BJP, BSP set for alliance in L S polls: Congress
UP state unit of the Congress claims that the Bharatiya Janata Party and Bahujan Samaj Party have worked out an alliance for the next parliamentary elections.lucknow Updated: Jul 25, 2008 18:59 IST
The Bharatiya Janata Party (BJP) and Bahujan Samaj Party (BSP) have worked out an alliance for the next parliamentary elections, the Uttar Pradesh state unit of the Congress claimed on Friday.
"The resistance shown by the BJP and BSP towards each other is only superficial. They have worked out an alliance for the next Lok Sabha elections," Uttar Pradesh Congress Committee (UPCC) president Rita Bahuguna Joshi told reporters in Lucknow.
"The BJP and BSP tried to give a communal colour to the India-US nuclear deal, but both fell flat on their faces," she added.
She termed the United Progressive Alliance (UPA) government's win in the parliament trust vote as historical, and thanked all the political parties and people who supported them.
"We are excited and overwhelmed with the win. It has given a strong jolt to the political ambitions of the communal forces who came together and tried their best to take the country backwards," Joshi said.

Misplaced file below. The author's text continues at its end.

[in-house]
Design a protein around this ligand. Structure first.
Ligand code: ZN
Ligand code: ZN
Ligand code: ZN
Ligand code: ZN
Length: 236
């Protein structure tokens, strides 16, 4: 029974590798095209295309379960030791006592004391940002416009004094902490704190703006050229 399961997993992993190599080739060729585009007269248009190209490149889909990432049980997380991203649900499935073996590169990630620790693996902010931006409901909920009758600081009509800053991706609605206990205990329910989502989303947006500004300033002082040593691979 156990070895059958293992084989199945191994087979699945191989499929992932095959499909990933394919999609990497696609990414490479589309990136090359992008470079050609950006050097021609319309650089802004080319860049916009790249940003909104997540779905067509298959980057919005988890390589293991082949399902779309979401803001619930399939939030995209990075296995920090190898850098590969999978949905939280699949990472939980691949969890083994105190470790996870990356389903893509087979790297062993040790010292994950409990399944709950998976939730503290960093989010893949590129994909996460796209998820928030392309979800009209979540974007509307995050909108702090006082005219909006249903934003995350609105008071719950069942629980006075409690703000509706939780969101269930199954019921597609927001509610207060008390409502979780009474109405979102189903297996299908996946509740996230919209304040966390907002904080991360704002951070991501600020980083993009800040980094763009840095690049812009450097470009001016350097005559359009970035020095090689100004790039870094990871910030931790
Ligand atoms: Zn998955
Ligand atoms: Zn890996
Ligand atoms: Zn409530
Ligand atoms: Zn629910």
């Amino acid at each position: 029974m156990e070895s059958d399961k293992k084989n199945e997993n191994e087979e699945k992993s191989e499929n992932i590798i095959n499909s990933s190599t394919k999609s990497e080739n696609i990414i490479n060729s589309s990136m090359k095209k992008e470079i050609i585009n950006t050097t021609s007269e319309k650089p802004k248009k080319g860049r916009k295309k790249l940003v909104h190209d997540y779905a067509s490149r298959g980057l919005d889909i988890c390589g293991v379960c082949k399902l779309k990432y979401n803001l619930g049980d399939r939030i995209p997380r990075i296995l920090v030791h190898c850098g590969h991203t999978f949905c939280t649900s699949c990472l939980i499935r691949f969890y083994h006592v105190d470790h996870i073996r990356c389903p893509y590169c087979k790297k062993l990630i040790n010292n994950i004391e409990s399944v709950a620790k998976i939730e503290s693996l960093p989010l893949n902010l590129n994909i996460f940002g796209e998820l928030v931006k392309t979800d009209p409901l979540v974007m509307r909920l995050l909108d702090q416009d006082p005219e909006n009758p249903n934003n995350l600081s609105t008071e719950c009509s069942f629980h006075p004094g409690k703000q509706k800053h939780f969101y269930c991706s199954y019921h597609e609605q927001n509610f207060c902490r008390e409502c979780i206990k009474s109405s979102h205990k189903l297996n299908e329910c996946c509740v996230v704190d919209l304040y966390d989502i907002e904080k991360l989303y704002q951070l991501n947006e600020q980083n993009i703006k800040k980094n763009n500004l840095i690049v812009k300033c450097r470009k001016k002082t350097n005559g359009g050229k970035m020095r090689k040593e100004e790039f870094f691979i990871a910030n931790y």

Joshi also hinted towards a possible alliance between the Congress and the Samajwadi Party, which supported the UPA in the trust vote, in the forthcoming elections.
"We are open to an alliance and the high command of both the parties will take a decision," she said.
The UPCC, which earlier this week announced that it had switched to the election mode, also declared the names of office bearers of its working committee.
"Party in-charges have been appointed in all districts and all have been assigned responsibilities. We will be organising the first meeting of the working committee and all district office bearers on Aug 10 and 11," she said.
Attacking Chief Minister Mayawati, Joshi said she should focus on the development of the state instead of aiming for the country's top job.
"She is in a haste to become the prime minister without realizing that one needs to make an impact in all parts of the country to reach that position. Having presence in only one state is not enough," Joshi said.
"She should first focus on relief work in the flood-hit areas and visit those affected rather than instructing bureaucrats to do the work," she added.